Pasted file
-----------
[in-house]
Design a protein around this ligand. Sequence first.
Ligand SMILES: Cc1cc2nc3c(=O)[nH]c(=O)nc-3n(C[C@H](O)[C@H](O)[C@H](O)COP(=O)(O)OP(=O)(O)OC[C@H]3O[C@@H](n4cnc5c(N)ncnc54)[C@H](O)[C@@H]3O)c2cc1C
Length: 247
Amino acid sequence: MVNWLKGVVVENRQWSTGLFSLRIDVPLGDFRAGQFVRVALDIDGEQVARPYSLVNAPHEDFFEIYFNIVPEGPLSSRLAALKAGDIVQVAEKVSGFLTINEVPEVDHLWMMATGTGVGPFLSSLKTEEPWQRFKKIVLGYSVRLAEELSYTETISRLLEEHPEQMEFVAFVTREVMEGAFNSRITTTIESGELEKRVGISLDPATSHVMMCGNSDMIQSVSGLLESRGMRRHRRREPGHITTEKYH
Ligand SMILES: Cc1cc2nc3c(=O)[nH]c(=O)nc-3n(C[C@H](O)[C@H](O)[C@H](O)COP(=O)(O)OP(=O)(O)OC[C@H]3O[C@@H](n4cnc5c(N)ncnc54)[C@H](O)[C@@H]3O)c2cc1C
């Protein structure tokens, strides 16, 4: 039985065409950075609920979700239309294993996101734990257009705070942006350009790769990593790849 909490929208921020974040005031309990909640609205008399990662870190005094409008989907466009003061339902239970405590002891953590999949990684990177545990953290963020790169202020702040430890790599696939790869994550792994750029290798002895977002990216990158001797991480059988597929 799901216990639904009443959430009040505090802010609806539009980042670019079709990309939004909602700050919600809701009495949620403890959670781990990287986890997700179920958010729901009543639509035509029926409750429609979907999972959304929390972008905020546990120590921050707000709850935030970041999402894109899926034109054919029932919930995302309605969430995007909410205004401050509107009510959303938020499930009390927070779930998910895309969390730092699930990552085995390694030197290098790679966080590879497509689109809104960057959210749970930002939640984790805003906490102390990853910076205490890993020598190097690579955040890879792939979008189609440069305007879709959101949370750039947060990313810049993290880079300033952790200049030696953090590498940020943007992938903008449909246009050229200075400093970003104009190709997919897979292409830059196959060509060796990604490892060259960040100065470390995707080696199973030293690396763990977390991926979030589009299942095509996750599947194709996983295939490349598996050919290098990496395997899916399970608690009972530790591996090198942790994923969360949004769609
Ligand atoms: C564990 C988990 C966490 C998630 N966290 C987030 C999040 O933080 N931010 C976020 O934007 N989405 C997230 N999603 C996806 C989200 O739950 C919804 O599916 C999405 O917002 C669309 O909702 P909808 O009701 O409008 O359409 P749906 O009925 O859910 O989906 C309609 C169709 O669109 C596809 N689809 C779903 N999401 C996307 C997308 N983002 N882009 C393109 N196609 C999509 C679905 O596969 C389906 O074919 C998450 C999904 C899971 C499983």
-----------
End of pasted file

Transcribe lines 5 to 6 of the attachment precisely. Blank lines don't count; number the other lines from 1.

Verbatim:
Amino acid sequence: MVNWLKGVVVENRQWSTGLFSLRIDVPLGDFRAGQFVRVALDIDGEQVARPYSLVNAPHEDFFEIYFNIVPEGPLSSRLAALKAGDIVQVAEKVSGFLTINEVPEVDHLWMMATGTGVGPFLSSLKTEEPWQRFKKIVLGYSVRLAEELSYTETISRLLEEHPEQMEFVAFVTREVMEGAFNSRITTTIESGELEKRVGISLDPATSHVMMCGNSDMIQSVSGLLESRGMRRHRRREPGHITTEKYH
Ligand SMILES: Cc1cc2nc3c(=O)[nH]c(=O)nc-3n(C[C@H](O)[C@H](O)[C@H](O)COP(=O)(O)OP(=O)(O)OC[C@H]3O[C@@H](n4cnc5c(N)ncnc54)[C@H](O)[C@@H]3O)c2cc1C